Thuja Green Giants: Background

Thuja Green Giants are commonly known as arborvitaes, a word derived from Latin that means tree of life. They’re called trees of life because their sap can supposedly be used for medicinal purposes. This covers all varieties of Thujas, from the Nigra Thuja to the Thuja Green Giant.

The Thuja Green Giant is actually a cross between two different Thuja varieties: namely, theStandishii and Plicata varieties.

The Thuja Standishii is a Thuja variety that’s native to Japan and commonly gets 20 to 35 feet tall. The Thuja Plicata is a variety native to North America that gets 65 to 70 feet tall. When they come together to form Thuja Green Giants, they make a beautiful, fast-growing evergreen with a pyramidal shape. They also boast strongpest and disease resistance, and high level of cold hardiness.


Thuja Green Giants are recommended for growing zones 5 through 9. They’re cold hardy down to about -20 degrees and can even put up with the snow since they boast strong, durable branches. Furthermore, if you line your driveway with Thujas, they’ll create a barrier that prevents snow from building up.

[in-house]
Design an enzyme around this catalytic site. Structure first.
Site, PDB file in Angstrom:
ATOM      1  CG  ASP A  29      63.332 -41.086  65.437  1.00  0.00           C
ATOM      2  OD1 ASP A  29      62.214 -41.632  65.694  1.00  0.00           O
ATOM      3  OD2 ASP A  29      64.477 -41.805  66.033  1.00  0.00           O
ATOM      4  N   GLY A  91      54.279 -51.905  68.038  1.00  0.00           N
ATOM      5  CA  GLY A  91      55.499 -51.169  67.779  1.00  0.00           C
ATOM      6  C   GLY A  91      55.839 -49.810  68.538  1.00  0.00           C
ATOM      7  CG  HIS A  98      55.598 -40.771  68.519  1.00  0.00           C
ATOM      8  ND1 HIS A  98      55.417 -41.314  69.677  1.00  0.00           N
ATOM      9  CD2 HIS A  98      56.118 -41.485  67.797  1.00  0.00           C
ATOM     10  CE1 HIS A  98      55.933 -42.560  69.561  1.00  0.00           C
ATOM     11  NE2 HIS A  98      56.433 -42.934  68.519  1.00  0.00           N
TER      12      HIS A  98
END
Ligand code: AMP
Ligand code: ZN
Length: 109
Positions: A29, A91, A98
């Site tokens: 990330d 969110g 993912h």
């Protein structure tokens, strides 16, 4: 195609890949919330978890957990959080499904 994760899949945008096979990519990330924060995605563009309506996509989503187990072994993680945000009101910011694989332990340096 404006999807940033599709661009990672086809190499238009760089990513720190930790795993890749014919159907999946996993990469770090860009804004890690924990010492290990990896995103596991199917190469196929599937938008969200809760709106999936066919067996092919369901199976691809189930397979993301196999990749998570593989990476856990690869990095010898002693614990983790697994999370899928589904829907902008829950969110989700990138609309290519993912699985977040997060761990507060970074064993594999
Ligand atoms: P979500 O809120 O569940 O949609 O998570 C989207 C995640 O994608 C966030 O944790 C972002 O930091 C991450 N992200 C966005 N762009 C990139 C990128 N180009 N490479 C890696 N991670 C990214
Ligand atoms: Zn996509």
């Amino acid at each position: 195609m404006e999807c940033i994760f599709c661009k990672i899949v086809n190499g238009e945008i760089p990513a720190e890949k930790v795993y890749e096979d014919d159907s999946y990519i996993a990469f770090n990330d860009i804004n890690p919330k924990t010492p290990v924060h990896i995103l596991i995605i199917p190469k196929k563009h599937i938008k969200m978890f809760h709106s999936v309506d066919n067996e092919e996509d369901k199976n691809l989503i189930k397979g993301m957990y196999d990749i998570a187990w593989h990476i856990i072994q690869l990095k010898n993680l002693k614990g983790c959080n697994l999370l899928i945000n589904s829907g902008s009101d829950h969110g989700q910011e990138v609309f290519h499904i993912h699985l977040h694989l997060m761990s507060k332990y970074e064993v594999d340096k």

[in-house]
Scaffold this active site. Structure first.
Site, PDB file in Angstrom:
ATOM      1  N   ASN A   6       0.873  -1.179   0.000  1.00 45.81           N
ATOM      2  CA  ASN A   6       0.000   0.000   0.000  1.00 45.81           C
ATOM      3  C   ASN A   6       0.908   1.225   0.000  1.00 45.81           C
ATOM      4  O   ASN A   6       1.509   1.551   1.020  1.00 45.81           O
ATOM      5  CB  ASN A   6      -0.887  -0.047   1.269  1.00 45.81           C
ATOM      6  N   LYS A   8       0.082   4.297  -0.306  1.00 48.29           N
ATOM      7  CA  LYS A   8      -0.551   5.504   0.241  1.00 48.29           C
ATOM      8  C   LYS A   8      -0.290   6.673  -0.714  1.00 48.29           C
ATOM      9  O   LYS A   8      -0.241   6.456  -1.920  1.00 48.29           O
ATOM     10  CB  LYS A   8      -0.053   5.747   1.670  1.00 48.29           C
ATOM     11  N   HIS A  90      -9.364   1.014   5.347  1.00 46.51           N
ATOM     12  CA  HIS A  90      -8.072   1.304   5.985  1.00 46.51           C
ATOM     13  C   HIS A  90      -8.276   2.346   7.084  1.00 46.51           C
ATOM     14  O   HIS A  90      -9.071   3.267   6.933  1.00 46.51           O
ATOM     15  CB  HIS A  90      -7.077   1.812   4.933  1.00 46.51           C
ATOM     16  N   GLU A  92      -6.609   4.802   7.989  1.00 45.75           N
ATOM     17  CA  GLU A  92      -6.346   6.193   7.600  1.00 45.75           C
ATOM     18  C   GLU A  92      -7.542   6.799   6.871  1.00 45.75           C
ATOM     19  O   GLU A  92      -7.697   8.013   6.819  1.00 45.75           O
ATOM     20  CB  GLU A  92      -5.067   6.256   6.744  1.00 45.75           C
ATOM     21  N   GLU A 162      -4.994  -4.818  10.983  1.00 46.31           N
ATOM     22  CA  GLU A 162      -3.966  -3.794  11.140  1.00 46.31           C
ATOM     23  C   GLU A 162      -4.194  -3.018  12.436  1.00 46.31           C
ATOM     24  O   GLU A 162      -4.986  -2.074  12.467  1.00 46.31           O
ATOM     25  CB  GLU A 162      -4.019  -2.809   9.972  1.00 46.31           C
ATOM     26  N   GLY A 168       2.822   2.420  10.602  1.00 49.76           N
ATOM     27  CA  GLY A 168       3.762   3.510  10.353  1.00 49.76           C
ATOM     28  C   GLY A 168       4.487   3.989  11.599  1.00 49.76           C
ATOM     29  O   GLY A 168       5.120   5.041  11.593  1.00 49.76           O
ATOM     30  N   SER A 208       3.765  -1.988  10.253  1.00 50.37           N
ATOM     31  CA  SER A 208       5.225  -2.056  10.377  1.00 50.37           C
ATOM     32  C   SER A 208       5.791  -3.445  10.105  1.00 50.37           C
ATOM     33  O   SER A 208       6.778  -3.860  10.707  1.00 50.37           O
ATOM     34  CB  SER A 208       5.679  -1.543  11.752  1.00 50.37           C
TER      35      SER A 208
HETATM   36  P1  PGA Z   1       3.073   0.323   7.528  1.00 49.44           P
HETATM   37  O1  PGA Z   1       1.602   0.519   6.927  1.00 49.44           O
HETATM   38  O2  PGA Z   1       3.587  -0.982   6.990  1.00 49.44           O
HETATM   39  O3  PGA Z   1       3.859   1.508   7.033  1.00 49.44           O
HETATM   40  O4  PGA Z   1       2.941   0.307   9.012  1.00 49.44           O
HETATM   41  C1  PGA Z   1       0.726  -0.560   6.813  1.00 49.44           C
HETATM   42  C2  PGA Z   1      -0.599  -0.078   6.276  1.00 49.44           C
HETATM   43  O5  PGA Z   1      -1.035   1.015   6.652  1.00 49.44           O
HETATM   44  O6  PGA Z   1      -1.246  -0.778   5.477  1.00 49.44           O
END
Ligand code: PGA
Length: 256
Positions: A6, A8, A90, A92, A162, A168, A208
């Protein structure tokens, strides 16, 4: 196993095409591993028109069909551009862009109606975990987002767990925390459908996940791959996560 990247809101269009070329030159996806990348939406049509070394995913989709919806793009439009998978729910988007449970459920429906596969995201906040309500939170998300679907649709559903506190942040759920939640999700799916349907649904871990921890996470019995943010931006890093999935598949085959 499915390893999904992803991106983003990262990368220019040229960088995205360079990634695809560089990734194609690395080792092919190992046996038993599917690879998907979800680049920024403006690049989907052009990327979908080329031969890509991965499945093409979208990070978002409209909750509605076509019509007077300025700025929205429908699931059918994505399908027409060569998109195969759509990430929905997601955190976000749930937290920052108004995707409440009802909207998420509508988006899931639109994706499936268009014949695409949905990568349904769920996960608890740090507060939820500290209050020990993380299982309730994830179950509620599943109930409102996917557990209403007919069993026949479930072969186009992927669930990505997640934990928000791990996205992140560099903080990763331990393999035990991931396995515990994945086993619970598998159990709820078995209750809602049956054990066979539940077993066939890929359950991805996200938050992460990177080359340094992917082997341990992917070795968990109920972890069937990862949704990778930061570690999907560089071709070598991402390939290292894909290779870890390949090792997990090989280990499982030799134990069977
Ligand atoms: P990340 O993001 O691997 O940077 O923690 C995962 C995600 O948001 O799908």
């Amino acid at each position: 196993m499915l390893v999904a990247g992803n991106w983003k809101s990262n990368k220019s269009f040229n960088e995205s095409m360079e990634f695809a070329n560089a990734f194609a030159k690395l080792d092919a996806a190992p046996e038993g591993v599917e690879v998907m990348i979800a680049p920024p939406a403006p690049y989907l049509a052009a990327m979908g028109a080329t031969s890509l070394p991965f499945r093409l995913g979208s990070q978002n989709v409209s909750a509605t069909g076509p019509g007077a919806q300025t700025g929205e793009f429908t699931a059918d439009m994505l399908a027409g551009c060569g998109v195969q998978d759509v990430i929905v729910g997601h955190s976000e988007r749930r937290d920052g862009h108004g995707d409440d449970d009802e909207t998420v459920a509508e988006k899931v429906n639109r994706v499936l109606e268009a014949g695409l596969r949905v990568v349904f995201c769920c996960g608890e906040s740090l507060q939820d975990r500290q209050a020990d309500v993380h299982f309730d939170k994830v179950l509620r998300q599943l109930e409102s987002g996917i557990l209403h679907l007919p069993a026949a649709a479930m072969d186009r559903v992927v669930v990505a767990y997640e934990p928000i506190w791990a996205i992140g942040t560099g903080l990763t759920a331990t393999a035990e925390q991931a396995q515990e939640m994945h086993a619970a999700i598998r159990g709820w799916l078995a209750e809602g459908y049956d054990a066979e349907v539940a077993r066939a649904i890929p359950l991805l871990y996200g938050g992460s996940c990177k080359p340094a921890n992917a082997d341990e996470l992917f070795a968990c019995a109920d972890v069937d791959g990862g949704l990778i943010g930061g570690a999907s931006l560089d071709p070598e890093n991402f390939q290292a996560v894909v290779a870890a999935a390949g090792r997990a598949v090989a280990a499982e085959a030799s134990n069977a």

The thick foliage on Thuja Green Giants creates a tough barrier against the wind as well. Cold, harsh winds can be damaging to smaller trees and shrubs. Cold blasts also hit homes and cause people’s heating bills to go up.

And if you need privacy fast, then Thuja Green Giants are the way to go. Once you plant them, they’ll take off, growing between 3 and 5 feet a year. People love to plant them in order to create a living fence. Thujas may get quite large, up to 40 feet tall and 6 to 12 feet wide, but they respond very well to pruning for your desired height.

Best of all, the Thuja’s exterior light and feather foliage give it an attractive texture, while its interior dark green foliage with slight yellow hues make it pop. This conifer’s pyramidal shape is also very attractive to the eye.

However, if these trees are planted in a row they often provide a beautiful solid backdrop to flowering trees and shrubs.


Thuja Green Giants are extremelylow-maintenance. To plant your Thuja, select a site that receives full to partial sunlight – they will grow more quickly in full sunlight. Six hours of direct sunlight a day will suffice.

And your natural soil will be fine for your Thujas. They can adapt to a huge variety of different soil types, ranging from sandy to heavy with clay. Although they prefer slightly acidic soil, they adjust fine to soils that are alkaline and very acidic.